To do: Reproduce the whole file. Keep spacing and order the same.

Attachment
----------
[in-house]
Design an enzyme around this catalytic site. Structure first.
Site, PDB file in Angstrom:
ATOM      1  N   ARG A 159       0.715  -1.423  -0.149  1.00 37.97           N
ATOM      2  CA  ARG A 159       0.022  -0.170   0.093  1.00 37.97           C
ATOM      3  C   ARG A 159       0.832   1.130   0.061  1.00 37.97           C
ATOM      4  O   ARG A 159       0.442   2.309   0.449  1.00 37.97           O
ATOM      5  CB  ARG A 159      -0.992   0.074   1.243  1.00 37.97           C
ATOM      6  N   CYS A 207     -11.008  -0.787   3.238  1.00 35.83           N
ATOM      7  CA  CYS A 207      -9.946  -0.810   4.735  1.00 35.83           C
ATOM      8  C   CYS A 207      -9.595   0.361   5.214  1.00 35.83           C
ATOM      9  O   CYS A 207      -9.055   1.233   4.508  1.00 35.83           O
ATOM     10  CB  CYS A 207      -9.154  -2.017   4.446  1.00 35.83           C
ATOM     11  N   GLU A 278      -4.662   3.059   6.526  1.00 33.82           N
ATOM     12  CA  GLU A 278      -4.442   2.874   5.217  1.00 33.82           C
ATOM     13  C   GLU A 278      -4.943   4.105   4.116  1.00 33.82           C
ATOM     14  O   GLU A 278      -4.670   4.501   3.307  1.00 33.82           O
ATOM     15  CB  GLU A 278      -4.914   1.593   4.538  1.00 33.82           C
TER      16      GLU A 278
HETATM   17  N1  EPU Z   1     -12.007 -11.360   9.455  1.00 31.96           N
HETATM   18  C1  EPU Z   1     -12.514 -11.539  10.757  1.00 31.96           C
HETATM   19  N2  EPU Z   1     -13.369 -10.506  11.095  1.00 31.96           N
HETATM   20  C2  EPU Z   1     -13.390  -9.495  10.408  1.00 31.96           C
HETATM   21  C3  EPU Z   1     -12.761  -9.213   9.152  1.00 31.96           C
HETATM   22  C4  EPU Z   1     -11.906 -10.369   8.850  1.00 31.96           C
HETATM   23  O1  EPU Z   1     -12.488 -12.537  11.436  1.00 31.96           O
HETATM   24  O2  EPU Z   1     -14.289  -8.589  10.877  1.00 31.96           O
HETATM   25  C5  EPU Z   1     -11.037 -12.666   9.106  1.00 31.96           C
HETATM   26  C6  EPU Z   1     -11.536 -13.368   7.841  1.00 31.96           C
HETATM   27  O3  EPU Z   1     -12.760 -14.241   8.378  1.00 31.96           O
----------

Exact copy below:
[in-house]
Design an enzyme around this catalytic site. Structure first.
Site, PDB file in Angstrom:
ATOM      1  N   ARG A 159       0.715  -1.423  -0.149  1.00 37.97           N
ATOM      2  CA  ARG A 159       0.022  -0.170   0.093  1.00 37.97           C
ATOM      3  C   ARG A 159       0.832   1.130   0.061  1.00 37.97           C
ATOM      4  O   ARG A 159       0.442   2.309   0.449  1.00 37.97           O
ATOM      5  CB  ARG A 159      -0.992   0.074   1.243  1.00 37.97           C
ATOM      6  N   CYS A 207     -11.008  -0.787   3.238  1.00 35.83           N
ATOM      7  CA  CYS A 207      -9.946  -0.810   4.735  1.00 35.83           C
ATOM      8  C   CYS A 207      -9.595   0.361   5.214  1.00 35.83           C
ATOM      9  O   CYS A 207      -9.055   1.233   4.508  1.00 35.83           O
ATOM     10  CB  CYS A 207      -9.154  -2.017   4.446  1.00 35.83           C
ATOM     11  N   GLU A 278      -4.662   3.059   6.526  1.00 33.82           N
ATOM     12  CA  GLU A 278      -4.442   2.874   5.217  1.00 33.82           C
ATOM     13  C   GLU A 278      -4.943   4.105   4.116  1.00 33.82           C
ATOM     14  O   GLU A 278      -4.670   4.501   3.307  1.00 33.82           O
ATOM     15  CB  GLU A 278      -4.914   1.593   4.538  1.00 33.82           C
TER      16      GLU A 278
HETATM   17  N1  EPU Z   1     -12.007 -11.360   9.455  1.00 31.96           N
HETATM   18  C1  EPU Z   1     -12.514 -11.539  10.757  1.00 31.96           C
HETATM   19  N2  EPU Z   1     -13.369 -10.506  11.095  1.00 31.96           N
HETATM   20  C2  EPU Z   1     -13.390  -9.495  10.408  1.00 31.96           C
HETATM   21  C3  EPU Z   1     -12.761  -9.213   9.152  1.00 31.96           C
HETATM   22  C4  EPU Z   1     -11.906 -10.369   8.850  1.00 31.96           C
HETATM   23  O1  EPU Z   1     -12.488 -12.537  11.436  1.00 31.96           O
HETATM   24  O2  EPU Z   1     -14.289  -8.589  10.877  1.00 31.96           O
HETATM   25  C5  EPU Z   1     -11.037 -12.666   9.106  1.00 31.96           C
HETATM   26  C6  EPU Z   1     -11.536 -13.368   7.841  1.00 31.96           C
HETATM   27  O3  EPU Z   1     -12.760 -14.241   8.378  1.00 31.96           O